- Weigh in advance: Don’t wait until the day you start a long trip to weigh your trailer. Give yourself time to make adjustments and make an appointment at a weighing station if you need to.
- Balance your weight: Even if your trailer falls within the weight limits, too much weight on one side can cause a serious accident. Rearrange your things to evenly distribute their weight.
- Leave room to grow: Don’t go traveling with a trailer that falls just a pound or two under the weight limit. Leave as much room as possible in case you absolutely have to add something.
- Weigh your stuff: When packing your trailer, consider stacking food, clothes, and anything else that you’re bringing in a cardboard box and weighing it on a bathroom scale. This can give you an idea of how many pounds you’re adding.
Overweight trailers may seem like a small problem, but surpassing your vehicle’s maximum capacity can be disastrous. Pay attention to your trailer’s weight and stay safe on the road. For more info, check out our article, Haul Less Weight In Your RV With These Useful Tips.
There is a seriously flawed article.
Nowhere does it talk about the TRAILER Gross Vehicle Weight rating (GVWR). Certainly the tow vehicle’s GVWR is seriously important, but so is the trailer’s. Weighing the trailer will give the weight of the trailer, compare that to the TRAILERS GVWR, check the tow vehicles weight to insure it’s not over the tow vehicles GVWR, and finally, add the two to find out if the tow vehicles Gross Combined Weight Rating, which should be in your owner’s manual or contact the manufacturer or a dealer, is being exceeded. All are important!
They did mention the trailer GVWR. However, they failed to mention the GAWR’s on the tow vehicle. It is possible to be within all other ratings and still overloaded on the rear axle.
Ray L. says
The very first paragraph mentions Trailer Gross Vehicle Weight Rating.
The escapees RV club has a program called “smartweigh”, where they weigh each individual tire (by axle) of the tow vehicle (TV) and towable and then just the TV. They also do motor homes. There’s 3 sites and I used the one near the Houston Tx area. We have a 2015 Chevy 2500HD duramax pulling a 35’ 5th wheel with a trailer GVWR of 10995 lbs. The truck owners manual says my truck can pull a 5th wheel up to 17,100lbs. There should be no problem with ours. When it was weighed, with just me in the truck, none of the truck or trailer axles or individual tires were near max weights and the trailer weighed in at 9750lbs. The truck and RV combined was 17850lbs, below combined limit. However, the truck alone with me in the drivers seat, disconnected from the camper weighed 8350lbs. Pin weight was 1400lbs. Added together, the truck weight was 9750lbs, only 250lbs below the truck GVWR of 10000lbs. 250lbs more of pin weight or more people or stuff in the truck would max out the truck GVWR. So, it’s easier than you think to be overloaded. FWIW, I had a couple of coolers with ice and food, boards for leveling, and clothes in the truck. Fuel tank was nearly full. Trailer tanks were each less than 1/2 full.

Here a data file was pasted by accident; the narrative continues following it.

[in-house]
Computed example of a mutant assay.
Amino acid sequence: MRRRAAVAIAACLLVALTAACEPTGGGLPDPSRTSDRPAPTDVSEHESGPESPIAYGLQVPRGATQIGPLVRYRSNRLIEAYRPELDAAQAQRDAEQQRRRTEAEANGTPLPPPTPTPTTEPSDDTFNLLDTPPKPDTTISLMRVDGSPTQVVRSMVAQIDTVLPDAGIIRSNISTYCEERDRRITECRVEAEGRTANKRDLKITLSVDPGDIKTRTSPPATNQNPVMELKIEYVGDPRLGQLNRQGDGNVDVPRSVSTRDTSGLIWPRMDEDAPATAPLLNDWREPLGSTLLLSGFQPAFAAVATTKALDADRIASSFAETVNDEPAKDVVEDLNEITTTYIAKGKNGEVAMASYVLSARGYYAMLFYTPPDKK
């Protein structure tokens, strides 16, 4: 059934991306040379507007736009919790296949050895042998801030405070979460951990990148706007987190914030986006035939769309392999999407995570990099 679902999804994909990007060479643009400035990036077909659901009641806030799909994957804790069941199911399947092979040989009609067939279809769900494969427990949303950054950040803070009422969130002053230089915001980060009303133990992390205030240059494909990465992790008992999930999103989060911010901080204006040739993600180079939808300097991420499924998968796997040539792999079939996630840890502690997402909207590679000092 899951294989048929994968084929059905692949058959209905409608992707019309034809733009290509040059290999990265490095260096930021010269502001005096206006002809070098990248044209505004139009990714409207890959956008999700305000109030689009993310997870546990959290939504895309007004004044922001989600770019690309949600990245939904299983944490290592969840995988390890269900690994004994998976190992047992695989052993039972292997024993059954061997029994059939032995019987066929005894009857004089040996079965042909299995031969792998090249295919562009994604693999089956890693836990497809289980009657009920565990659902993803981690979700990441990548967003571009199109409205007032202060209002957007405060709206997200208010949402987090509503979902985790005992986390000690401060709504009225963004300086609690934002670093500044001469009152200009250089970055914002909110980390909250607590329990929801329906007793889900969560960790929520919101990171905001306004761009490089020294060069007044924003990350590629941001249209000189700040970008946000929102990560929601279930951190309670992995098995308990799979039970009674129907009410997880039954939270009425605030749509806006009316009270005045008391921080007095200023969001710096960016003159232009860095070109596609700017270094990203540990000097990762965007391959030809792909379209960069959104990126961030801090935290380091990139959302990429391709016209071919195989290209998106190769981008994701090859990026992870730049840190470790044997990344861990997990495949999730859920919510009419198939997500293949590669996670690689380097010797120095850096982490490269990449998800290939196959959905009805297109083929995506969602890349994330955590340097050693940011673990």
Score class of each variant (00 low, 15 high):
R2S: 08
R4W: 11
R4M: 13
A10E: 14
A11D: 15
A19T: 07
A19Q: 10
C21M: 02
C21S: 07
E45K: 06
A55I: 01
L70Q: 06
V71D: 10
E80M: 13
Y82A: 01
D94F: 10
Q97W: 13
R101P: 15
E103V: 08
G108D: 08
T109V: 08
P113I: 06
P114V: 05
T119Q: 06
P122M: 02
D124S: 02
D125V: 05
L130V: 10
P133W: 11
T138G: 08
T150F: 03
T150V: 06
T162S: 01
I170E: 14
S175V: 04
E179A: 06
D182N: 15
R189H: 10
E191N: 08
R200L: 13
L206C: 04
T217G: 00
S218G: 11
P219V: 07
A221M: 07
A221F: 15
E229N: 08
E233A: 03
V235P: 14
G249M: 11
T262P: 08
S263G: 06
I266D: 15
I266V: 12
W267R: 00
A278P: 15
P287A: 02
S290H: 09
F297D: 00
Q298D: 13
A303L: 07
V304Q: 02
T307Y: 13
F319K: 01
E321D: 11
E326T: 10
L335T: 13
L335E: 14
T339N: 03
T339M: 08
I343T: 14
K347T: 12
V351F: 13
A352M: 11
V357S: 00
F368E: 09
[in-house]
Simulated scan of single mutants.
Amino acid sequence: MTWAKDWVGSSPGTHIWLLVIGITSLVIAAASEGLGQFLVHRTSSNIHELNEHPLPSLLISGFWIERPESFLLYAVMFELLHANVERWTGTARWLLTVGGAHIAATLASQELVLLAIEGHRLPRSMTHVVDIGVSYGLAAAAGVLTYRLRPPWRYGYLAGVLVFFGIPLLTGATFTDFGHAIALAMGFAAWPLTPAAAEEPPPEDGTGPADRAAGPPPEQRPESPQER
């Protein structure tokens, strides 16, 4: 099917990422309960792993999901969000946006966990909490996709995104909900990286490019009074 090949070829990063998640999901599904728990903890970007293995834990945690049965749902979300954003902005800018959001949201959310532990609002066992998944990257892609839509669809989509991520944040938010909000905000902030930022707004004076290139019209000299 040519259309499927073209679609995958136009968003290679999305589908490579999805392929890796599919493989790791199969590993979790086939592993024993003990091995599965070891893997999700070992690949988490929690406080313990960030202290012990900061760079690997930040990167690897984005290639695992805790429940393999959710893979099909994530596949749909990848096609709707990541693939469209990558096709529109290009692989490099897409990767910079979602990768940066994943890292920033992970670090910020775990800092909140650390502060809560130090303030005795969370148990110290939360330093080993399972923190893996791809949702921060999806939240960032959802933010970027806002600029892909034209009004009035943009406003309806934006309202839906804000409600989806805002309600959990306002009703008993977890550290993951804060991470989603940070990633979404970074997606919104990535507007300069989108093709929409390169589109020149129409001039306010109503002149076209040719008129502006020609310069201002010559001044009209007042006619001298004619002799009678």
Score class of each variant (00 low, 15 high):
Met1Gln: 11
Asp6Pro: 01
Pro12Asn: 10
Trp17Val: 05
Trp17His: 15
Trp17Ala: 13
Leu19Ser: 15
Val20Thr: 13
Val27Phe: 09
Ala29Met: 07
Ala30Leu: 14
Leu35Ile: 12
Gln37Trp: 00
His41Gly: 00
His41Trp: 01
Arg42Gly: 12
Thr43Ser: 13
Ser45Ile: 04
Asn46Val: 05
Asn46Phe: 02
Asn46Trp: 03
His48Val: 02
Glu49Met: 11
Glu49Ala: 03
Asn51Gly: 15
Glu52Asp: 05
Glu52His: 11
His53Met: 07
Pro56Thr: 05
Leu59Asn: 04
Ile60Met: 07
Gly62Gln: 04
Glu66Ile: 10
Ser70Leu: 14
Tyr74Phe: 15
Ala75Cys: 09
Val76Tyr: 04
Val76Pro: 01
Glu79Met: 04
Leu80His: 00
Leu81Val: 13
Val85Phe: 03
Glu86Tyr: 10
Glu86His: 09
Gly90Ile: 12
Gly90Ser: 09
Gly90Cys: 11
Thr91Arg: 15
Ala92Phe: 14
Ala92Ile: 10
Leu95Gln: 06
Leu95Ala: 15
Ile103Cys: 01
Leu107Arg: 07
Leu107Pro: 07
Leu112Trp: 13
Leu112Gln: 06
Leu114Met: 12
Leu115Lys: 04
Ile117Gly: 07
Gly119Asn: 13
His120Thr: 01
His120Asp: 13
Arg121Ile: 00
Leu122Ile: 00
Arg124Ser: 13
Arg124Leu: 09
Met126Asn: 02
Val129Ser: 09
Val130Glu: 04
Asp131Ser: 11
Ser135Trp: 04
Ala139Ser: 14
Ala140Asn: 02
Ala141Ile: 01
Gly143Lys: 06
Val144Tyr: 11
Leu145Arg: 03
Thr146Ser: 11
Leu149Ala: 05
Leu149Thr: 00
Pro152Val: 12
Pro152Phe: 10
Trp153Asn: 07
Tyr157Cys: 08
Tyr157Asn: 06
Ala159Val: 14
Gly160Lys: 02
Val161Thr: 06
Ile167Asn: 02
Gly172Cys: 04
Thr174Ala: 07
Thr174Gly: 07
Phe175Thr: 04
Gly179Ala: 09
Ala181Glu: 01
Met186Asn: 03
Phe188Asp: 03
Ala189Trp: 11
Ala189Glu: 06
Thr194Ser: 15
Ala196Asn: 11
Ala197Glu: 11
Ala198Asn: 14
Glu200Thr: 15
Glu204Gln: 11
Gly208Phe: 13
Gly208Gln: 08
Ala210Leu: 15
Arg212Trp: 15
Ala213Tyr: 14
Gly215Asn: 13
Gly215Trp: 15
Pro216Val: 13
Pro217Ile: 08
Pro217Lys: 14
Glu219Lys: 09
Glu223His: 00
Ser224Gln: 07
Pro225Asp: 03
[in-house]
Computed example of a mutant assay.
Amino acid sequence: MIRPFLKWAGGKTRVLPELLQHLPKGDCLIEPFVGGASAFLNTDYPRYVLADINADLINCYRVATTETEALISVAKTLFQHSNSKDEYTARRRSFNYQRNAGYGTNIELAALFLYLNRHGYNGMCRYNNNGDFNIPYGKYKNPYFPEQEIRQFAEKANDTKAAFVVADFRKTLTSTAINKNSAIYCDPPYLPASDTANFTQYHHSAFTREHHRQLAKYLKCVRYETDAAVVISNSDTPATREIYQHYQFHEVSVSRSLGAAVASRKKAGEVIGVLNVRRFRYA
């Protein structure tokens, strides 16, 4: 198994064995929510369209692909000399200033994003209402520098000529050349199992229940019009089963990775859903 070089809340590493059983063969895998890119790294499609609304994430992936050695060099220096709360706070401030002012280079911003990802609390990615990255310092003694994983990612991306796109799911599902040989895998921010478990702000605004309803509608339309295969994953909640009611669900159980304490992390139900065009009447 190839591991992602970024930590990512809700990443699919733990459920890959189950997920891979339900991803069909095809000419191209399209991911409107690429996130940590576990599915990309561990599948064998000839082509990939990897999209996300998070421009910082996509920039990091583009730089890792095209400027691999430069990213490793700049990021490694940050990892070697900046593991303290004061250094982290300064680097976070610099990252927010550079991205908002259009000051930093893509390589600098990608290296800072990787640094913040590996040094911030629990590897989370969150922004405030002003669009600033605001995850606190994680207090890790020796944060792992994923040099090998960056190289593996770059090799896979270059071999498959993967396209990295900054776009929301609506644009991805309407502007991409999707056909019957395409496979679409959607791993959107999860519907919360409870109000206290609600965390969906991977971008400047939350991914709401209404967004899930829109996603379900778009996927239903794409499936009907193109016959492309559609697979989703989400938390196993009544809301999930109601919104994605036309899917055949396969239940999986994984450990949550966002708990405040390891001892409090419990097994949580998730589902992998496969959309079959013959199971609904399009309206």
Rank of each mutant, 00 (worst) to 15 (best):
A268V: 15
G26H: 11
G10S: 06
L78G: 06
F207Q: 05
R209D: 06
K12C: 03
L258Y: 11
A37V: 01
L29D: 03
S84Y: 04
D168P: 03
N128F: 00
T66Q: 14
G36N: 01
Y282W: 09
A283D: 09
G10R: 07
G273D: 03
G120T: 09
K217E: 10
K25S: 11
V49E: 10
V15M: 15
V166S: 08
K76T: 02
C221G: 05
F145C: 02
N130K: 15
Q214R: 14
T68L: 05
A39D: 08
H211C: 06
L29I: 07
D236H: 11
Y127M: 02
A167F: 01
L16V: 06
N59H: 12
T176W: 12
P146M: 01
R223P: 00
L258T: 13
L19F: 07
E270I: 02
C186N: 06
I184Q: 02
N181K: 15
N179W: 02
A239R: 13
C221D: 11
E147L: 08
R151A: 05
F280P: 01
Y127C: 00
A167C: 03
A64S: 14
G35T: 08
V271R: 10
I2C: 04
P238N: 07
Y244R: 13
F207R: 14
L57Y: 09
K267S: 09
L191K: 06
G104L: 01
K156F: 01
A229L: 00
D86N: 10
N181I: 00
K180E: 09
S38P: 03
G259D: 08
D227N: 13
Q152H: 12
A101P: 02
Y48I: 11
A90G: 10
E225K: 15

Arthur Gallaghan says
1400 pin wt is extremely light. Recommended is 15 to 25 percent of trailer weight (5th wheel) and you come in at 12.7 percent. Your payload is 1650 lbs. At the ave of 20 percent of trailer weight that would give you a max trailer weight of around 8-9000 lbs.
Arthur Gallaghan says
At actual weight that would be 14.3 per cent – still on the light side, since the experts recommend the 25 percent weight versus the 15 percent.
All Tires and wheels should be EQUAL, in terms of Tire Load Capacity and Wheel (RIM) capacity.
The same should apply on your TOW vehicle. When you change tires, you should replace them all at the same time. Yes, it is a costly situation, but that is part of owning an RV.
You should never exceed the GROSS VEHICLE WEIGHT OF THE TRAILER. and it is on a Placard on the RV someplace.